These and other objects of the present invention are achieved by the present invention wherein there is provided a floor cleaning device comprised of a motor housing having first and second ends, a handle attached to the first end of the motor housing, a cleaning housing having first and second ends, wherein the first end of the cleaning housing is attached to the second end of the motor housing, a nozzle attached to the second end of the cleaning housing, a cleaning solution delivery system positioned within the cleaning housing for dispensing unused cleaning solution onto a floor surface and a recovery tank positioned within the cleaning housing for holding dirty cleaning solution. The device further comprises a means for selectively providing power to the suction motor. The means for supplying power is positioned within the motor housing and includes a master switch, a pump, a suction motor for providing power to the pump, a power means for providing an electrical current to the suction motor and a gravity switch operatively connected to the power means and the suction motor. The device further comprises a power driven brush system for selectively providing power to the brush motor. The power driven brush system includes a power driven brush operatively attached to the nozzle and a power driven motor operatively connected to the gravity switch. When the cleaning device is rotated about its longitudinal axis such that the nozzle faces the floor surface, the gravity switch turns off the brush motor and simultaneously turns on the suction motor. In addition, when the cleaning device is rotated about its longitudinal axis such that the power driven brush faces the floor surface, the gravity switch turns off the suction motor and simultaneously turns on the brush motor.

Another object of the present invention is to provide a method of cleaning a floor surface with a floor cleaning device having at least two modes of operation, at, least one means for supplying power, at least one means for activating/deactivating the floor cleaning device, the modes of operation being located opposite one another on the floor cleaning device, wherein the method is the steps of placing the floor cleaning device in a first position contacting the floor, rotating the entire cleaning device a first time, the first rotation of the device is preferably a 180 rotation, to activate the means for supplying power to the floor cleaning device, and rotating the cleaning device a second time to deactivate the means for supplying power to the floor cleaning device. An additional step includes the method wherein the floor cleaning device further has first and second implements mounted opposite one another on the floor cleaning device and selectively contact the floor, and wherein the step of rotating the device a first time results in either the first or the second implement contacting the surface of the floor.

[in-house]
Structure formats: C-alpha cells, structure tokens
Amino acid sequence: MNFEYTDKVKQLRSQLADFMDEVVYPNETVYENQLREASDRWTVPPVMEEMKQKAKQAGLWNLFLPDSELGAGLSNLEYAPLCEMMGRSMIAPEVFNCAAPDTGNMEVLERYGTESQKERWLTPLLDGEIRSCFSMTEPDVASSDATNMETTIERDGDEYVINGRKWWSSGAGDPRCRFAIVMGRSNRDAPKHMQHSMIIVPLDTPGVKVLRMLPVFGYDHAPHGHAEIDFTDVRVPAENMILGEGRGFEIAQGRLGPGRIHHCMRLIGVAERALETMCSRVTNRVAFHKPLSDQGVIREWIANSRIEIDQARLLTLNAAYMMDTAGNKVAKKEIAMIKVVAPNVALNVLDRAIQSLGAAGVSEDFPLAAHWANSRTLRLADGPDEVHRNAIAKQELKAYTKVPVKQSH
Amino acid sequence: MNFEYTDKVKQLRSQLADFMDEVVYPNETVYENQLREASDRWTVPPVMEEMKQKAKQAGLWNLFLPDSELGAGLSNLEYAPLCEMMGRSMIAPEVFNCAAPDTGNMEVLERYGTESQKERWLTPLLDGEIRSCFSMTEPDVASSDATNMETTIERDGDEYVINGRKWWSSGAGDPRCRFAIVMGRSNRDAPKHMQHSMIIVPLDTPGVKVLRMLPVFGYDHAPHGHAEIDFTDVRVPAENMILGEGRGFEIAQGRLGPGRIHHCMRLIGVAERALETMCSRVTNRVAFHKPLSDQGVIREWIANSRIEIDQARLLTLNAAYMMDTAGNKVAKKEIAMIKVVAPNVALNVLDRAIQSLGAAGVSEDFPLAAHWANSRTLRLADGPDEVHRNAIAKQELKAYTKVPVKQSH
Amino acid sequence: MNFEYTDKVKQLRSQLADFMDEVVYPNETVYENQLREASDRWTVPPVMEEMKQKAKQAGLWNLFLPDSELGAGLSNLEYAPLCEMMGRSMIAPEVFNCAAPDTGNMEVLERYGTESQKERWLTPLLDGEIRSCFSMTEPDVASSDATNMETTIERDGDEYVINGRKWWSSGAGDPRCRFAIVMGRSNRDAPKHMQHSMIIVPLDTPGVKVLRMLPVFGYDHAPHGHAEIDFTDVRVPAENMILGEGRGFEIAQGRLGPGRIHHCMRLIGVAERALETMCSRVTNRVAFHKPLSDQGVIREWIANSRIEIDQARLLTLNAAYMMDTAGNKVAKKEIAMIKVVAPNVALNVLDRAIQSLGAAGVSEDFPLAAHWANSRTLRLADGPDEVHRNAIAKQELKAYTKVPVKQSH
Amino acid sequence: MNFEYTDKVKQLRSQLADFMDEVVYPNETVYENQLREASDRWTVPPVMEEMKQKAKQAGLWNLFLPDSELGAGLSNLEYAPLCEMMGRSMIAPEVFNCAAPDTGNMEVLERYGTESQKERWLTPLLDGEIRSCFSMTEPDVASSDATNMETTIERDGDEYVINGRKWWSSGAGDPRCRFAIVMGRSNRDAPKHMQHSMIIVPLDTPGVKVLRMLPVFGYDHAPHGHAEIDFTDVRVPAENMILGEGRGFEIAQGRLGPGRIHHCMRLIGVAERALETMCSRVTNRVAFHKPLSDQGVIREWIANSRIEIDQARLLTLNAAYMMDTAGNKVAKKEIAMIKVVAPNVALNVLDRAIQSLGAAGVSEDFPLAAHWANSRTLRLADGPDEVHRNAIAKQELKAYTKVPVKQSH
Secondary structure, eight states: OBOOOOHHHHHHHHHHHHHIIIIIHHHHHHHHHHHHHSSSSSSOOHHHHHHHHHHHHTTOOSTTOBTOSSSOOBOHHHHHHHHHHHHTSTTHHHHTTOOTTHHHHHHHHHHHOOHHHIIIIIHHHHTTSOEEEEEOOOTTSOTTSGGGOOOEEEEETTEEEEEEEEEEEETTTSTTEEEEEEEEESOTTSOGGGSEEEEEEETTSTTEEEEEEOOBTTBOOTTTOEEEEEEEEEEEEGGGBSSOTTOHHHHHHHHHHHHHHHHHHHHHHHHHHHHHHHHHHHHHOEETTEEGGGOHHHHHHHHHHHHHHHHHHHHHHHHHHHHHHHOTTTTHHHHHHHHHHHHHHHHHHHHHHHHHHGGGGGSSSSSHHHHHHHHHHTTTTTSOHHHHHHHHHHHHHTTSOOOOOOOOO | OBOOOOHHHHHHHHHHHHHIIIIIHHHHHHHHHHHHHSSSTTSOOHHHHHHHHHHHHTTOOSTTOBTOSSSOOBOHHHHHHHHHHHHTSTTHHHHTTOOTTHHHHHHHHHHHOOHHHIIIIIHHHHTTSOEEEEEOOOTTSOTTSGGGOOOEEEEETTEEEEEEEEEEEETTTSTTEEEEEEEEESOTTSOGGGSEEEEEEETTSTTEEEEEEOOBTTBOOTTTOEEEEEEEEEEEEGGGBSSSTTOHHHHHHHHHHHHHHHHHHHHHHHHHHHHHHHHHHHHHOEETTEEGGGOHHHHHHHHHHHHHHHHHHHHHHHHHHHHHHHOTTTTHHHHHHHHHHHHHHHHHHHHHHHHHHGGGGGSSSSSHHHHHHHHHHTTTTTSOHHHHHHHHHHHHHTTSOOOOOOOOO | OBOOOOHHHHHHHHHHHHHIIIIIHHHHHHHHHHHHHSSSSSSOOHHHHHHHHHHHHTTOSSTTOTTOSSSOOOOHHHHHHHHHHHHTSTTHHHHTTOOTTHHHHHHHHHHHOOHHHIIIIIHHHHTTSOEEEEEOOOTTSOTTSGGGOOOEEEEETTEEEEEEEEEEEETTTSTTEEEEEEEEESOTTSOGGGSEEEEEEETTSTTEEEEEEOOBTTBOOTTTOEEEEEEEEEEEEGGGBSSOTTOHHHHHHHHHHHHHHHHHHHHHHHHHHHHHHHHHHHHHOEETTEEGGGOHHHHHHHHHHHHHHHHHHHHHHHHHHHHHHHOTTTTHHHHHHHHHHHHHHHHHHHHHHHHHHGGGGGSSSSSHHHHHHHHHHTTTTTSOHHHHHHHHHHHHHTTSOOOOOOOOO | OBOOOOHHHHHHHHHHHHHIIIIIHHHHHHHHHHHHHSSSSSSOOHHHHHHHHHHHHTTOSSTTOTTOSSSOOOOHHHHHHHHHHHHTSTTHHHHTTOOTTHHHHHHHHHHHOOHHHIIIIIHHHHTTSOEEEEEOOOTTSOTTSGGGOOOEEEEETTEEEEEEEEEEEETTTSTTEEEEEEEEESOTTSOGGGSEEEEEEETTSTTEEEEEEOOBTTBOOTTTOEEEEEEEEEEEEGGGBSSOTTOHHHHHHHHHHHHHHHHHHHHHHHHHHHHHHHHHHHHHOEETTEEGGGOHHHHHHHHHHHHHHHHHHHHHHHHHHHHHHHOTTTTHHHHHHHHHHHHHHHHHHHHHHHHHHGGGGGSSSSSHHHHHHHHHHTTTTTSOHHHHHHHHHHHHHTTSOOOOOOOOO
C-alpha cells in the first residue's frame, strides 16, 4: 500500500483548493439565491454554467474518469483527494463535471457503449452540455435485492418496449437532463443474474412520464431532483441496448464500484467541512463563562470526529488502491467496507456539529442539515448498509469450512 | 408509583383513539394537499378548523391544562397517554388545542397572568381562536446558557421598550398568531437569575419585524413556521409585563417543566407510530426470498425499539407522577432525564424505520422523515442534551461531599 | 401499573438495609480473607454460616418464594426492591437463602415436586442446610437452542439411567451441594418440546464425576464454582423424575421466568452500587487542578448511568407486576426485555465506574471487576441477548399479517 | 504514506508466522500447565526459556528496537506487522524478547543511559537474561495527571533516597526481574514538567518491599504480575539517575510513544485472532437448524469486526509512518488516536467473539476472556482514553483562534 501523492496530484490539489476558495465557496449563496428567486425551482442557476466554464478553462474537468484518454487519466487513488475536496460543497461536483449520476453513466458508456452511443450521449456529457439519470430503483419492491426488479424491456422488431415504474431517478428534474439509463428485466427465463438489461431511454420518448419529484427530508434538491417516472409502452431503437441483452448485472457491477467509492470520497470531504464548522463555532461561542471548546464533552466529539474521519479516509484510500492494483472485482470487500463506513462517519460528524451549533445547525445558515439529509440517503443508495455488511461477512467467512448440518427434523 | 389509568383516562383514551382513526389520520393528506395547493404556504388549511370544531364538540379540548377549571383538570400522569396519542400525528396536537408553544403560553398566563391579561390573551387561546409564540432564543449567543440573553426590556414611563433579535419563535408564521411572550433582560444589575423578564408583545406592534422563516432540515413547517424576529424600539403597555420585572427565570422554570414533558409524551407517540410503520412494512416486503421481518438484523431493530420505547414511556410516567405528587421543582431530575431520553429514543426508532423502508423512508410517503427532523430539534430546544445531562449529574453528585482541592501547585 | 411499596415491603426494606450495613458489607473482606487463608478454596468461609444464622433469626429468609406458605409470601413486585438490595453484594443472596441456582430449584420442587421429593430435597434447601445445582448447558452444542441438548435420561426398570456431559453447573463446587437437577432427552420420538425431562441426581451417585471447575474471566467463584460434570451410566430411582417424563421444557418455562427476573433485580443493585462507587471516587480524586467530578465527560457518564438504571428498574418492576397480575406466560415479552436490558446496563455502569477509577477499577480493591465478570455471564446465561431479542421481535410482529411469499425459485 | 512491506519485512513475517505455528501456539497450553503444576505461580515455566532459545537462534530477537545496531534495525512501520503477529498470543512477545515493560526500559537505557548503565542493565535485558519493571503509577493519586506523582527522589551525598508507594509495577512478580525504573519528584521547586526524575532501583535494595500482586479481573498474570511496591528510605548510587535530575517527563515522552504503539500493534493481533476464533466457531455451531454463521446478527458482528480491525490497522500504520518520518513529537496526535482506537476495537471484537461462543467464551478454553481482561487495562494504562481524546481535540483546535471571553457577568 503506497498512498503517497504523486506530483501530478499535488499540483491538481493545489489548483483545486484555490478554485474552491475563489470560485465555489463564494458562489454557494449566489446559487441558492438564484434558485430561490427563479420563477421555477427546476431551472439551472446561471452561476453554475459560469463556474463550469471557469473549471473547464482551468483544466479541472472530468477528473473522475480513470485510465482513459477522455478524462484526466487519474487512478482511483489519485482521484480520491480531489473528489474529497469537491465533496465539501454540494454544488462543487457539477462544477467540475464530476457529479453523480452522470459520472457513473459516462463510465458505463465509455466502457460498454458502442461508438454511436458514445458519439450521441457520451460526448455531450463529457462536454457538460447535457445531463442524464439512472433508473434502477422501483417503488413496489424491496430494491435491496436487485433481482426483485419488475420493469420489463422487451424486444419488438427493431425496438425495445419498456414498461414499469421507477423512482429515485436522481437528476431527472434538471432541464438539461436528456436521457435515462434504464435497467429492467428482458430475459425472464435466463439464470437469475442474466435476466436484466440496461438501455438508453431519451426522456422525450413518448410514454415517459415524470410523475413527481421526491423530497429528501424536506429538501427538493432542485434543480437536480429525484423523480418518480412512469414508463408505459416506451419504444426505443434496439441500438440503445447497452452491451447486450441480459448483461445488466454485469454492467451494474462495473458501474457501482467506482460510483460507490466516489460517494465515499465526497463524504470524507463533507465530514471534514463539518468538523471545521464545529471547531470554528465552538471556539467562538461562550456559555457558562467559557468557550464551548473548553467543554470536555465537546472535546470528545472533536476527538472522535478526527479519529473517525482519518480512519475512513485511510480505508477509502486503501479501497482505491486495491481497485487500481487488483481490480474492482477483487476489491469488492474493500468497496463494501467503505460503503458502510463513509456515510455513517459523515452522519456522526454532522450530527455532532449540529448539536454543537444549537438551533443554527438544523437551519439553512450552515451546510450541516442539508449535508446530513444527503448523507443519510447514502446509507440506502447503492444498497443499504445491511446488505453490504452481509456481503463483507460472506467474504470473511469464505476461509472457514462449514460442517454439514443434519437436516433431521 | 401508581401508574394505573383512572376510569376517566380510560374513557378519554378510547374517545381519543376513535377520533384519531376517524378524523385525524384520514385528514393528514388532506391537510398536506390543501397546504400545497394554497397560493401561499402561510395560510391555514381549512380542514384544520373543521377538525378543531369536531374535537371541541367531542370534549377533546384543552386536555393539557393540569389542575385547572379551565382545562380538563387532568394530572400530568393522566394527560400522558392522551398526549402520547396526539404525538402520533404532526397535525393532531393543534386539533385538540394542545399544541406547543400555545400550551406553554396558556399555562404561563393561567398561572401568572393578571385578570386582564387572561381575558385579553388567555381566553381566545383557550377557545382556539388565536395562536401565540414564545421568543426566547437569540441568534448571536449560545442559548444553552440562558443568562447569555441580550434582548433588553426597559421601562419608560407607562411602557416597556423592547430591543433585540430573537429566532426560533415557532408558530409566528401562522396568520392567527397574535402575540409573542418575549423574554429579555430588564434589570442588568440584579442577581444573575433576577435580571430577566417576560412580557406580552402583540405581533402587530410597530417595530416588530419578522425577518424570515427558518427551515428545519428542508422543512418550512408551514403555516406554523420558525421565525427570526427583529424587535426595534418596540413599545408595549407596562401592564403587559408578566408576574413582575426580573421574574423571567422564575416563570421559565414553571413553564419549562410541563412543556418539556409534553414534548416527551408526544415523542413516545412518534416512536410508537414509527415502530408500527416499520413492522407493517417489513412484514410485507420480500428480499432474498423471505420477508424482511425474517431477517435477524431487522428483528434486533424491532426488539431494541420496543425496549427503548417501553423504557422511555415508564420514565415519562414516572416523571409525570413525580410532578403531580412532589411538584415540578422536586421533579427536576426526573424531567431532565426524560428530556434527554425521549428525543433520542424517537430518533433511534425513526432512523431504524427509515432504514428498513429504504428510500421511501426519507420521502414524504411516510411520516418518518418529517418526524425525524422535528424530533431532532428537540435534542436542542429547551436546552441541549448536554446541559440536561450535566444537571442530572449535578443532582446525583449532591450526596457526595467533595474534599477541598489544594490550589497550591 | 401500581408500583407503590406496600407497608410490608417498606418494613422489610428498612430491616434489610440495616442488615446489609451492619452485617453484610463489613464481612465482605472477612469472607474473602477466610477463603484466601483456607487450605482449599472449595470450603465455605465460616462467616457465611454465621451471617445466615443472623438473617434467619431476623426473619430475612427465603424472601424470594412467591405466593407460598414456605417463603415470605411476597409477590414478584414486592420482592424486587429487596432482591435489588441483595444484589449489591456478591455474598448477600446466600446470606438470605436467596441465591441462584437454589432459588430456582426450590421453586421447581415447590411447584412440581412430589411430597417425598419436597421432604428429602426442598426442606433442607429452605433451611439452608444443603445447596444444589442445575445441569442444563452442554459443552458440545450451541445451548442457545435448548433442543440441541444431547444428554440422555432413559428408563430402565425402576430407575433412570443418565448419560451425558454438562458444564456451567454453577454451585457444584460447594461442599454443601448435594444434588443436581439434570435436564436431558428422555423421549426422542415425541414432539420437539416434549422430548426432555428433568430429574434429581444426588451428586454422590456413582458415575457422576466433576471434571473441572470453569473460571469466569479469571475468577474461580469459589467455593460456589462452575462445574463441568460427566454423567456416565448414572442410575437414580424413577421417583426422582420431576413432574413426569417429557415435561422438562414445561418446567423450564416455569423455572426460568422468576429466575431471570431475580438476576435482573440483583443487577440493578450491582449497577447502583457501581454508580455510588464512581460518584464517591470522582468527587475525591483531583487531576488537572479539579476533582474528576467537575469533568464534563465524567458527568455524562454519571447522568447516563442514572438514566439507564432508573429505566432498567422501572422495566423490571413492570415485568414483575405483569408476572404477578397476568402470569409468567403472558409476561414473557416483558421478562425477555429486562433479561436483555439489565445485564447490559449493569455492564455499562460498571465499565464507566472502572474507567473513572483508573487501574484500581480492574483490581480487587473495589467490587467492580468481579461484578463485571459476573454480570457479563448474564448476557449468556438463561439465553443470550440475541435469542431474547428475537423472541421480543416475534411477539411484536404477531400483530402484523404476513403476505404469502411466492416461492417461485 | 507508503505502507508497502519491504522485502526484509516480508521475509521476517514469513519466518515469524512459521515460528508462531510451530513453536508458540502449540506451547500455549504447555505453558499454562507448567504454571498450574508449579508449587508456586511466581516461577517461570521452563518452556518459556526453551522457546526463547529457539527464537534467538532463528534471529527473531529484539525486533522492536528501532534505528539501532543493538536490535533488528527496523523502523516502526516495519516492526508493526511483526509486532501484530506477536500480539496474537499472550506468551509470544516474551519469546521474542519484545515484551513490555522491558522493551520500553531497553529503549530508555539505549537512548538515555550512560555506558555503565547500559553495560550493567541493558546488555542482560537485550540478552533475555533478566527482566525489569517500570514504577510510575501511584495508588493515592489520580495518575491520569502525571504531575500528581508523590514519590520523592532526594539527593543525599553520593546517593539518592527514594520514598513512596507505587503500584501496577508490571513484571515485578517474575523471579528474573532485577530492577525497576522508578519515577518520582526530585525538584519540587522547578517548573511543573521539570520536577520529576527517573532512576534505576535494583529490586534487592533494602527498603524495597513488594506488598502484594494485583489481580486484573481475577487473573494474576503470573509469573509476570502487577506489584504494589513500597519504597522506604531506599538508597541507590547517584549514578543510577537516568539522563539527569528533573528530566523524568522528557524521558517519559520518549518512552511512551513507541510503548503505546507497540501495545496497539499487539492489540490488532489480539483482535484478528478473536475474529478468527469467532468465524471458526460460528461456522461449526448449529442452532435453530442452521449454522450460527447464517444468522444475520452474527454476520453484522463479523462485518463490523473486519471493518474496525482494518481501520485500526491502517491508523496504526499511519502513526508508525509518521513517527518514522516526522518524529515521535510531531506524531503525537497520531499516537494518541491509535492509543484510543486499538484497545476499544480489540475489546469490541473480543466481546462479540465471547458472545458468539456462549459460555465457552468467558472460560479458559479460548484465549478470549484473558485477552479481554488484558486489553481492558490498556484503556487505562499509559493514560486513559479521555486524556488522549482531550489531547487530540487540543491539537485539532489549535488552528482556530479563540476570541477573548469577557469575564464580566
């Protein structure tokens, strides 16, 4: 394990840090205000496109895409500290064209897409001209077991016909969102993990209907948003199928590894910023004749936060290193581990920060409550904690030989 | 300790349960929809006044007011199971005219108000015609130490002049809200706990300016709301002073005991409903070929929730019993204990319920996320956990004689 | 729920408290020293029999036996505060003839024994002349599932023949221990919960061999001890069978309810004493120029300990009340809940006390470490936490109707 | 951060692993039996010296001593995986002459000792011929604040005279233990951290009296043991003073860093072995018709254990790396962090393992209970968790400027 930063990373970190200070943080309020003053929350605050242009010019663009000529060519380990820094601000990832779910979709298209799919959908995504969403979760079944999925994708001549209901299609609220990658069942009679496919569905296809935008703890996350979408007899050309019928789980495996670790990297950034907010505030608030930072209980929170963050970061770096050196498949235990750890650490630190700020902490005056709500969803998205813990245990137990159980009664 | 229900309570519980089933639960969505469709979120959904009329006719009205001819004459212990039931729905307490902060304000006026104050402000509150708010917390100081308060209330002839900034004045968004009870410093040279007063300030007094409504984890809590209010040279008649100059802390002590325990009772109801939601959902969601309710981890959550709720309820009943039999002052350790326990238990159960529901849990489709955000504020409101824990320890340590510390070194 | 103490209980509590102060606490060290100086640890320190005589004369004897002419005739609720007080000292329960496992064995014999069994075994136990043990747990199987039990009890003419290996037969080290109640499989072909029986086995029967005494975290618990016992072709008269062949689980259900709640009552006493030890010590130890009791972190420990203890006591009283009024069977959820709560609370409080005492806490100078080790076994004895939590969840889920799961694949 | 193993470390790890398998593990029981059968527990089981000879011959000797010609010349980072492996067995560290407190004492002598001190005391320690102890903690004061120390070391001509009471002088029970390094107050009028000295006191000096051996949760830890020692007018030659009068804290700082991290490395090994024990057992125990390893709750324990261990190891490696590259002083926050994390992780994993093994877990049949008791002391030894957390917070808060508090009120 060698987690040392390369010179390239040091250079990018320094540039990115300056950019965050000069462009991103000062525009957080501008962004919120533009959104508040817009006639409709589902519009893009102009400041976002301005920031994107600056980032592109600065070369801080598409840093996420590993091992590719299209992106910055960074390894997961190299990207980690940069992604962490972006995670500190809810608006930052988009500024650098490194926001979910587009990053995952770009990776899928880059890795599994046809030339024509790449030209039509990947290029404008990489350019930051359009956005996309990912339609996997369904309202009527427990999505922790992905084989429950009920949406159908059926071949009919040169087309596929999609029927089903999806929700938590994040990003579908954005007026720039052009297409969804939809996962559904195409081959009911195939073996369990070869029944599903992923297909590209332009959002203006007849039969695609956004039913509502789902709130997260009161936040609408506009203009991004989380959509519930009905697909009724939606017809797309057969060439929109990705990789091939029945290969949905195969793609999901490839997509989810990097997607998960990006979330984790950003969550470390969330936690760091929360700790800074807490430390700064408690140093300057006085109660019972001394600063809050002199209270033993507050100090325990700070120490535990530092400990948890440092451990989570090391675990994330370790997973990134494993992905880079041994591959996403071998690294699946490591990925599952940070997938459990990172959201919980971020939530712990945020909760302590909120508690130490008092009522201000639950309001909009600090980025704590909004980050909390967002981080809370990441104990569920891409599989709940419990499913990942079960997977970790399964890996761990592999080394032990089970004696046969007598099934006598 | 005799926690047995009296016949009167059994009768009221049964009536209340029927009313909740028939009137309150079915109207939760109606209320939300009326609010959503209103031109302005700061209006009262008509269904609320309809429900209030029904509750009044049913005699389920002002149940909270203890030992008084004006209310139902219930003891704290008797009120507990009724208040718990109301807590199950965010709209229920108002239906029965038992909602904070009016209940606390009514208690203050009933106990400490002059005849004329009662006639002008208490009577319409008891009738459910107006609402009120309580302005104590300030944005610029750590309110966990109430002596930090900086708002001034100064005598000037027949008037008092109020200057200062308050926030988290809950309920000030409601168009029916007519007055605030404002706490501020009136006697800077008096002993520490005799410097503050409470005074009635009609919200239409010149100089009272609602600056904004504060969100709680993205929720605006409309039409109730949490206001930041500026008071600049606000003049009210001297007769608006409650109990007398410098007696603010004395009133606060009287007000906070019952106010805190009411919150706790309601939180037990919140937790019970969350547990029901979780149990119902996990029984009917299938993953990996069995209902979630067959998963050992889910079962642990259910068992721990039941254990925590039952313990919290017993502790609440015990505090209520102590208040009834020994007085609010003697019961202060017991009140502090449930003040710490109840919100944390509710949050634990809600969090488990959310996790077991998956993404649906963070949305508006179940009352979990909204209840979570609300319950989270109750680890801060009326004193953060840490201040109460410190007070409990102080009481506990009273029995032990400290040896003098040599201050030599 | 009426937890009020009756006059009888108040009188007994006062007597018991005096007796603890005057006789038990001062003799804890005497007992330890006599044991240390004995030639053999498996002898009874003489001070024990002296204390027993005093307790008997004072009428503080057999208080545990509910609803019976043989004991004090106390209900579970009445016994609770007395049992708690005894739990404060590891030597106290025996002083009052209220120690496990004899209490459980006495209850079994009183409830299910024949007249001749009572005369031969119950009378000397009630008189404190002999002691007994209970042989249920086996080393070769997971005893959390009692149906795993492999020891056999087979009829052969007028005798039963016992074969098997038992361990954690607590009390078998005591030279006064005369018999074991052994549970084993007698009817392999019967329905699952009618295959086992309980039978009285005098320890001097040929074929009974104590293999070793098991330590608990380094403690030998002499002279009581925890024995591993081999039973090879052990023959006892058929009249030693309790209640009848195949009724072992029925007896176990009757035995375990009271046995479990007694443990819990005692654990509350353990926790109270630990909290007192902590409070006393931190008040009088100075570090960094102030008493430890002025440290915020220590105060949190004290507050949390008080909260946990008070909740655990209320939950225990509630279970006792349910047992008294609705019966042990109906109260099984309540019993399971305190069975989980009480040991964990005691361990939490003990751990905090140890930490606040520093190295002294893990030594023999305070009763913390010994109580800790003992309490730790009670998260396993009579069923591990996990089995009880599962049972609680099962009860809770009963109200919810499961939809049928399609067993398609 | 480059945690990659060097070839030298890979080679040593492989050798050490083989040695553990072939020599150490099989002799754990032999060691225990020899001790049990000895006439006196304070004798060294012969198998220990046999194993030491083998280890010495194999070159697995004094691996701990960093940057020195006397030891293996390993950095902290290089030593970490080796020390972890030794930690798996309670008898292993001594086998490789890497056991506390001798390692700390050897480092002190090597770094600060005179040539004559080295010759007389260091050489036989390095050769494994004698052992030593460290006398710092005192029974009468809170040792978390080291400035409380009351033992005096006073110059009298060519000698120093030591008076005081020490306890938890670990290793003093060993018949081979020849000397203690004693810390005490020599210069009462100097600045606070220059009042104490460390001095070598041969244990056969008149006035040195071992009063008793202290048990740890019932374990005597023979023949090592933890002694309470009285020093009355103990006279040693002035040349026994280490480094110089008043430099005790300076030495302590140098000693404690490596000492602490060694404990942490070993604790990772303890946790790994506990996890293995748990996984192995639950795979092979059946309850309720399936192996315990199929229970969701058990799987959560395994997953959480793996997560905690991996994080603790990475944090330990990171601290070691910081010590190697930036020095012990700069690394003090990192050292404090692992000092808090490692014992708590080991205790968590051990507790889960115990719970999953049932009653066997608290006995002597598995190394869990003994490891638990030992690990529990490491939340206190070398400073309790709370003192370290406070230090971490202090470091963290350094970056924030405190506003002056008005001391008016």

Still other benefits and advantages of the invention will become apparent to those skilled in the art to which it pertains upon a reading and understanding of the following detailed specification.

BRIEF DESCRIPTION OF THE DRAWINGS

The invention may take physical form in certain parts and arrangement of parts, preferred embodiments of which will be described in detail in this specification and illustrated in the accompanying drawings, which form a part hereof and herein:

FIG. 1 is a perspective view of the cleaning device having a stationary brush;

FIG. 2 is a side sectional view of the cleaning device having a stationary brush showing the device in the scrubbing mode;

FIG. 3 is a side sectional view of the cleaning device having a stationary brush showing the device in the suction mode;

FIG. 4 is a perspective view of the cleaning device having a power driven brush;

FIG. 5 is a side sectional view of the cleaning device having a power driven brush showing the device in the scrubbing mode;

FIG. 6 is a side sectional view of the cleaning device having a power driven brush showing the device in the suction mode; and,

FIG. 7 is a perspective view of the cleaning device having a stationary brush showing an AC power source.

DETAILED DESCRIPTION OF THE INVENTION

Referring now to the drawings wherein the showings are for purposes of illustrating preferred embodiment(s) of the invention only and not for purposes of limiting the same, FIGS. 1–3 show a preferred embodiment of the invention. FIGS. 4–6 show a second preferred embodiment of the invention.